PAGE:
“The role of government — look behind us: The Constitution and the Declaration of Independence,” said Romney during the first debate with President Obama at the University of Denver while pointing to a large diorama of the historic documents behind the stage. “The role of government is to promote and protect the principles of those documents.”

Some observers took that as the Republican’s dog whistle to hard-right conservatives still licking their wounds from the high court’s ruling on the Affordable Care Act earlier this summer. In that case, Chief Justice John Roberts, once a reliable ideologue on the right’s favorite issues, seemed to step out of political character by largely keeping the controversial “ObamaCare” law intact.

But, the stakes are higher than that for either side of the ideological fence. There is a growing sense that at least two slots might open up due to retirement, illness or other personal reasons. Should he be re-elected, Obama is expected to pick a justice conforming to his center-left philosophy, thereby beginning the process of dramatically shifting the court from the right. That scenario scares conservatives, who hope Romney will arrive to solidify the Court’s conservative majority for decades to come.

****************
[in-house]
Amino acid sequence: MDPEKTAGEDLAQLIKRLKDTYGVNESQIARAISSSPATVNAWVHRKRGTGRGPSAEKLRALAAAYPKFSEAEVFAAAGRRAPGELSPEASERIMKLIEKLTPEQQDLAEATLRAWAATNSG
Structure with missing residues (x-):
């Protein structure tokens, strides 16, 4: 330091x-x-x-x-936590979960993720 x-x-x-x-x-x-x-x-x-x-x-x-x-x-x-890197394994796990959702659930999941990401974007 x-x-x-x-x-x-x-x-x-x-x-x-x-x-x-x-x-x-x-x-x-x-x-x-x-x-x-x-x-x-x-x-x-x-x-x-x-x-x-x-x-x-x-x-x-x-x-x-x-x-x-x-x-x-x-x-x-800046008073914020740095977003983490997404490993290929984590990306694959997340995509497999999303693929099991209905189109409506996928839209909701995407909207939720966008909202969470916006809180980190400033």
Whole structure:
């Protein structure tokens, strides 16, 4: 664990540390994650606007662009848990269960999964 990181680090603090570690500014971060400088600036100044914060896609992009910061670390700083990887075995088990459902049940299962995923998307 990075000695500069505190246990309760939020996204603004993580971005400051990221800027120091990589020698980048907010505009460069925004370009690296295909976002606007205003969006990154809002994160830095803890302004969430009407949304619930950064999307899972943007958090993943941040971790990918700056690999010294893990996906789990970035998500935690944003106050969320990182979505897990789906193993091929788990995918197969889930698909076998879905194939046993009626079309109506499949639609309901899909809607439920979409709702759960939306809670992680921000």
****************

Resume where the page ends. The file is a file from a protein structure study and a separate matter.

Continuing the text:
And, at the end of the day, it’s the Supreme Court that gets the last word on all the important issues.